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 HIV and Coverage of the
th Annual Meeting of the American Association
for the Study of Liver Diseases
(AASLD 2009)

October 30 - November 3, 2009, Boston, MA

New HCV Infection Is Occurring among HIV Positive U.S. Men, ACTG Analysis Shows

SUMMARY: The incidence of hepatitis C virus (HCV) infection may be increasing among HIV positive men in the U.S., according to an analysis of participants in several AIDS Clinical Trial Group (ACTG) studies presented this past weekend at the 60th Annual Meeting of the American Association for the Study of Liver Diseases (AASLD) in Boston. Only 25% reported injection drug use, suggesting that non-parenteral routes (for example, sexual transmission) play a significant role.

By Liz Highleyman

Beginning around 2002, clinicians in the U.K. began reporting outbreaks of apparently sexually transmitted acute HCV infection among men who have sex with men. Only a small percentage reported a history of drug injection, and genotypic analyses showed that case clusters reflected sexual networks. Though not entirely consistent from study to study, identified risk factors have included fisting, use of sex toys, group sex, sex in public venues such as bathhouses, other sexually transmitted infections, and use of non-injected recreational drugs.

Similar outbreaks have since been reported in several large cities in Europe, in Australia, and in a few cities in the United States (e.g., New York City, San Francisco). The U.S. cases, however, have yet to receive the same attention as the European clusters, and the extent of the epidemic nationwide is not known.

To shed further light on this issue, researchers from Brown University and Harvard School of Public Health performed an analysis of HCV incidence among men participating in the ACTG Longitudinal Linked Randomized Trials (ALLRT) cohort, a long-term follow-up study of HIV positive individuals enrolled in selected ACTG clinical trials in the U.S.

A total of 17 ACTG studies performed HCV antibody testing from 1996 through 2002. Starting in 2002, HCV antibody screening was done at entry into the ALLRT cohort. Beginning in 2006, repeat testing was carried out every 96 weeks.

The investigators identified 2365 HIV positive male participants who had an initial negative HCV antibody test result. Within this group, 1830 men who received at least 1 subsequent HCV test were included in an analysis of seroconversion rates, contributing more than 7000 total person-years.

In this subgroup, the average age at the time of the first HCV test was 42 years (range 17-79), and 52% were over age 40. A majority (57%) of the men were white, 22% were black, and 18% were Hispanic. Almost all (94%) were on highly active antiretroviral therapy (HAART).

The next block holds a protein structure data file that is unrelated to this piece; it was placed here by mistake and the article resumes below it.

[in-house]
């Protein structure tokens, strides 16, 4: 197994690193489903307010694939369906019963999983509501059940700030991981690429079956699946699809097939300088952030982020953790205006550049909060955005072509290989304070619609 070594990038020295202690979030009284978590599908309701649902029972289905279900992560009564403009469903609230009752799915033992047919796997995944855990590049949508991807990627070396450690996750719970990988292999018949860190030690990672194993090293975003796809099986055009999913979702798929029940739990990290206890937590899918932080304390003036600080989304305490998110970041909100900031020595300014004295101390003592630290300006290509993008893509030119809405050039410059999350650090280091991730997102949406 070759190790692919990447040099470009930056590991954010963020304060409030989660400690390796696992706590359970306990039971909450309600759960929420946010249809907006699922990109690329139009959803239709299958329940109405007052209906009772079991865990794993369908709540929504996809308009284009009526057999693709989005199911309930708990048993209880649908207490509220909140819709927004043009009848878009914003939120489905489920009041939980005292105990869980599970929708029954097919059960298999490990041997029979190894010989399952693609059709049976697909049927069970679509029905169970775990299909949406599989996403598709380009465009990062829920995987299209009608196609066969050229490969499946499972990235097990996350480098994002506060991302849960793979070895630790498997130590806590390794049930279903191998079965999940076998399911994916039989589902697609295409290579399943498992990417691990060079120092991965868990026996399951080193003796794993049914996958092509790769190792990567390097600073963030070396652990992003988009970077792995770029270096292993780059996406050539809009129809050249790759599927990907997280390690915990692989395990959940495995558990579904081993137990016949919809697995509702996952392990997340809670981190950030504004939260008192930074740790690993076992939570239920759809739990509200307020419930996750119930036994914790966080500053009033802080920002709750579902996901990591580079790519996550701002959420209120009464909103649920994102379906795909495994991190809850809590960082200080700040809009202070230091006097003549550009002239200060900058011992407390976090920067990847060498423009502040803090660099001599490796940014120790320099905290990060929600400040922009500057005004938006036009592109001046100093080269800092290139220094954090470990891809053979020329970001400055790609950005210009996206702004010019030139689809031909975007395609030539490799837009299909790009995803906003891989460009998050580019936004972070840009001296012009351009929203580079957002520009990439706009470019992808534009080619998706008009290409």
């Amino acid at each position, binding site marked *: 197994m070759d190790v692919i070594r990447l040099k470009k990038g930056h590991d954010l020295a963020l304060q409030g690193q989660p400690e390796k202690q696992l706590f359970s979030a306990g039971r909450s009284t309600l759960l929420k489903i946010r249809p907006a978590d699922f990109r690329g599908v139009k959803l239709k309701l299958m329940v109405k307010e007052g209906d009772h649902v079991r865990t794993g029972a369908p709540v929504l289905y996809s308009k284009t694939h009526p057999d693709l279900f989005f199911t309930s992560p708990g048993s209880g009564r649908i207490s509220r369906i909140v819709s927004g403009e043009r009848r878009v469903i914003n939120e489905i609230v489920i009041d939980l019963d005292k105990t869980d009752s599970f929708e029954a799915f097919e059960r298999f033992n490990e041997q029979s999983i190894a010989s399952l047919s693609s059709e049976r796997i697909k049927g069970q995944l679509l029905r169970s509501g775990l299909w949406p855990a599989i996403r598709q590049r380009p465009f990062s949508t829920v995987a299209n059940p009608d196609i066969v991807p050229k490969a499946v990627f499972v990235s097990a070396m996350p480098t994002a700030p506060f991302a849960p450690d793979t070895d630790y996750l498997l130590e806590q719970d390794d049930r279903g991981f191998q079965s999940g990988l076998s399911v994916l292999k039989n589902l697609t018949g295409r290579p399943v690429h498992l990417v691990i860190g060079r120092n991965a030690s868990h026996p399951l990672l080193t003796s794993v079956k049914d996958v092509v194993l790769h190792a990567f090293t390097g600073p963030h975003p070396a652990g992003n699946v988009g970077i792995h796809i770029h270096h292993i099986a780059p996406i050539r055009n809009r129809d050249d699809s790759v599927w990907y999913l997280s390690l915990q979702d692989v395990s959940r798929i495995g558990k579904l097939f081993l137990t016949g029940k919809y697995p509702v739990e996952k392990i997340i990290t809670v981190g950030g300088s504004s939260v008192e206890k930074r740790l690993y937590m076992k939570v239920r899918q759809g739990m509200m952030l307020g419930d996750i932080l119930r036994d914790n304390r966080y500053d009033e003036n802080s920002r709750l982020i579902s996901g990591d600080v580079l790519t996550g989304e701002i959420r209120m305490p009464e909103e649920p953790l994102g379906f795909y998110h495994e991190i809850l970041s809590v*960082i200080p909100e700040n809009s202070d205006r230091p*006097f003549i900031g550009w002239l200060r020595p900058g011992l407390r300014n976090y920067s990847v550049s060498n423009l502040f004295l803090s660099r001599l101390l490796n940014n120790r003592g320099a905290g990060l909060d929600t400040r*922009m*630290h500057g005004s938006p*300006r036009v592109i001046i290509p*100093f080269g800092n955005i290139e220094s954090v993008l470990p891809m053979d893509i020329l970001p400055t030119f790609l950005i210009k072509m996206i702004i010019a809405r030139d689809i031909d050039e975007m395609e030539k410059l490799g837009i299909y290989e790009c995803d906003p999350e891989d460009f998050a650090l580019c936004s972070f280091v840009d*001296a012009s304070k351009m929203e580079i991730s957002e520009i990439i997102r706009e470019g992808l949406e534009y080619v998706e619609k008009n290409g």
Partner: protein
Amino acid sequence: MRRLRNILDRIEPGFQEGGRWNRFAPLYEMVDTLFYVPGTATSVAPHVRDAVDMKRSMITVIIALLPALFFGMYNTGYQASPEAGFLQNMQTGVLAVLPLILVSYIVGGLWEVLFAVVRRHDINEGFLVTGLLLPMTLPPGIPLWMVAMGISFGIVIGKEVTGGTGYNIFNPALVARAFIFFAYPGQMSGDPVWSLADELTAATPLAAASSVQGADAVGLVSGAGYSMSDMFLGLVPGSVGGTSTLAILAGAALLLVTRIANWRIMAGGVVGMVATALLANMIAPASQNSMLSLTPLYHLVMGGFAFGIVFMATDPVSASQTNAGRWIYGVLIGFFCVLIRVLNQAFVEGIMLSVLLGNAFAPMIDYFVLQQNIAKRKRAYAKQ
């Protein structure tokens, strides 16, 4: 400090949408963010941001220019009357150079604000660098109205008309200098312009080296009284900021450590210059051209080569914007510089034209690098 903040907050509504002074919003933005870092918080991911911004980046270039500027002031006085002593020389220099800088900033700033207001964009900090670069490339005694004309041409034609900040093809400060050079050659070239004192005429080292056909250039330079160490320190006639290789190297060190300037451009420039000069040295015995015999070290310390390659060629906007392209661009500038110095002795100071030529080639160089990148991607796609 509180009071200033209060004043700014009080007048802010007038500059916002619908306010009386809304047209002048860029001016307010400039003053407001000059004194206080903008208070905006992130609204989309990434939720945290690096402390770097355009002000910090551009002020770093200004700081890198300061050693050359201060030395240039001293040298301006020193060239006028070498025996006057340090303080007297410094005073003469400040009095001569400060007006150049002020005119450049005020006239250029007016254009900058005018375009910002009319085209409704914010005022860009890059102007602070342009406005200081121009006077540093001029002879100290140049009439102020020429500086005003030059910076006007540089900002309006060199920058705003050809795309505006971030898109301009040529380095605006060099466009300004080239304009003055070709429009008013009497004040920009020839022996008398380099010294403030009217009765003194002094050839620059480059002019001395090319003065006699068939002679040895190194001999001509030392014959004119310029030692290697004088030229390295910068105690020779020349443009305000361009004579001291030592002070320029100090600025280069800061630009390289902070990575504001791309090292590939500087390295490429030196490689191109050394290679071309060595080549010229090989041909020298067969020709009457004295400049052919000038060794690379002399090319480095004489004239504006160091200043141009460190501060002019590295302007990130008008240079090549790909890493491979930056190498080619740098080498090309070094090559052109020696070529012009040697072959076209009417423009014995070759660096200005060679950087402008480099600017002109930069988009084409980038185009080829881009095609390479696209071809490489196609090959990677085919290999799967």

To control for increased surveillance and the fact that follow-up testing intervals changed over the course of follow-up, the date of HCV seroconversion was designated as being halfway between the last negative antibody test and the first positive test. Follow-up durations varied, but nearly half the participants (47%) were followed for more than 4 years.

The researchers evaluated associations between self-reported injection drug use (IDU) -- 0.5% reported current use and 5.3% reported past use -- CD4 cell count, and HIV viral load. However, data about sexual or other non-IDU risk factors were not available.


36 initially HCV negative men seroconverted during follow-up, for an overall incidence of 0.51 per 100 person-years.
The mean age at the time of HCV seroconversion was 46 years (range 22-69), and 72% were over age 40.
Injection drug use was a significant predictor of HCV seroconversion.
25% of men who became infected with HCV reported injection drug use, compared with 5% of non-seroconverters (P < 0.001).
However, 75% of HCV seroconverters had no history of drug injection.
HCV incidence was 2.67 per 100 person-years among injection drug users compared with 0.40 among non-IDUs.
HCV seroconversion was associated with having HIV viral load > 400 copies/mL (44% at the time of HCV positive antibody test vs 21% at the time of last negative HCV test; P < 0.001).
HCV infection was not, however, linked to CD4 cell count.

"Incident HCV infection is occurring in a U.S. HIV positive male population despite engagement in care with HAART, potentially through non-parenteral means," the investigators concluded. "HCV antibody development was not related to immune status, but was associated with inadequate HIV suppression."

Medicine, Brown University, Providence, RI; Statistical & Data Analysis Center, Harvard School of Public Health, Boston, MA.


M Holubar, LE Taylor, K Wu, and others. Hepatitis C virus (HCV) antibody seroconversion in a U.S. HIV-infected male clinical trials population. 60th Annual Meeting of the American Association for the Study of Liver Diseases (AASLD 2009). Boston. October 30-November 1, 2009. Abstract LB14


























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